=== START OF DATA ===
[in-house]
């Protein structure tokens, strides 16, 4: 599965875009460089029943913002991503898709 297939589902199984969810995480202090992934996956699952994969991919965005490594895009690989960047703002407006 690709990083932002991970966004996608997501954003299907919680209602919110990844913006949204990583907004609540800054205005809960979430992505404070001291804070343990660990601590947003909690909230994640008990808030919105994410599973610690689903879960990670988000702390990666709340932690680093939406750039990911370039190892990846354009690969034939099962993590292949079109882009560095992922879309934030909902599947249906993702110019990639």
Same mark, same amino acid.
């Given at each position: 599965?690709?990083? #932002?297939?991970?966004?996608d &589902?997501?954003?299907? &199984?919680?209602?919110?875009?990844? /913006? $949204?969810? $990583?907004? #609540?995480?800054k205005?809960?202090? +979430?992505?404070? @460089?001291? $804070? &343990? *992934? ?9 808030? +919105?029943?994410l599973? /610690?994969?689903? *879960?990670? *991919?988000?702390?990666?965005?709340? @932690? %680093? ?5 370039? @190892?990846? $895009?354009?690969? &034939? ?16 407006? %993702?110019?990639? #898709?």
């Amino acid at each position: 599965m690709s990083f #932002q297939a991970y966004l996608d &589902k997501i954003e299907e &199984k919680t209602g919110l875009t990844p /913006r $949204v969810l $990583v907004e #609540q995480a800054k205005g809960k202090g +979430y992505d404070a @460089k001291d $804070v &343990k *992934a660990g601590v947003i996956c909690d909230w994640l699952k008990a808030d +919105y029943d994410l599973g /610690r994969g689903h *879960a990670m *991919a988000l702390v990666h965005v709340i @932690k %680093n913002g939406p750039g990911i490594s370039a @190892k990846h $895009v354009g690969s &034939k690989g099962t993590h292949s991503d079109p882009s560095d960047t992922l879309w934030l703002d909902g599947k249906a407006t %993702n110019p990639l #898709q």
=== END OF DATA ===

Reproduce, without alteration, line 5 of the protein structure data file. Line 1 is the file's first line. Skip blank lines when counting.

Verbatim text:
């Amino acid at each position: 599965m690709s990083f #932002q297939a991970y966004l996608d &589902k997501i954003e299907e &199984k919680t209602g919110l875009t990844p /913006r $949204v969810l $990583v907004e #609540q995480a800054k205005g809960k202090g +979430y992505d404070a @460089k001291d $804070v &343990k *992934a660990g601590v947003i996956c909690d909230w994640l699952k008990a808030d +919105y029943d994410l599973g /610690r994969g689903h *879960a990670m *991919a988000l702390v990666h965005v709340i @932690k %680093n913002g939406p750039g990911i490594s370039a @190892k990846h $895009v354009g690969s &034939k690989g099962t993590h292949s991503d079109p882009s560095d960047t992922l879309w934030l703002d909902g599947k249906a407006t %993702n110019p990639l #898709q």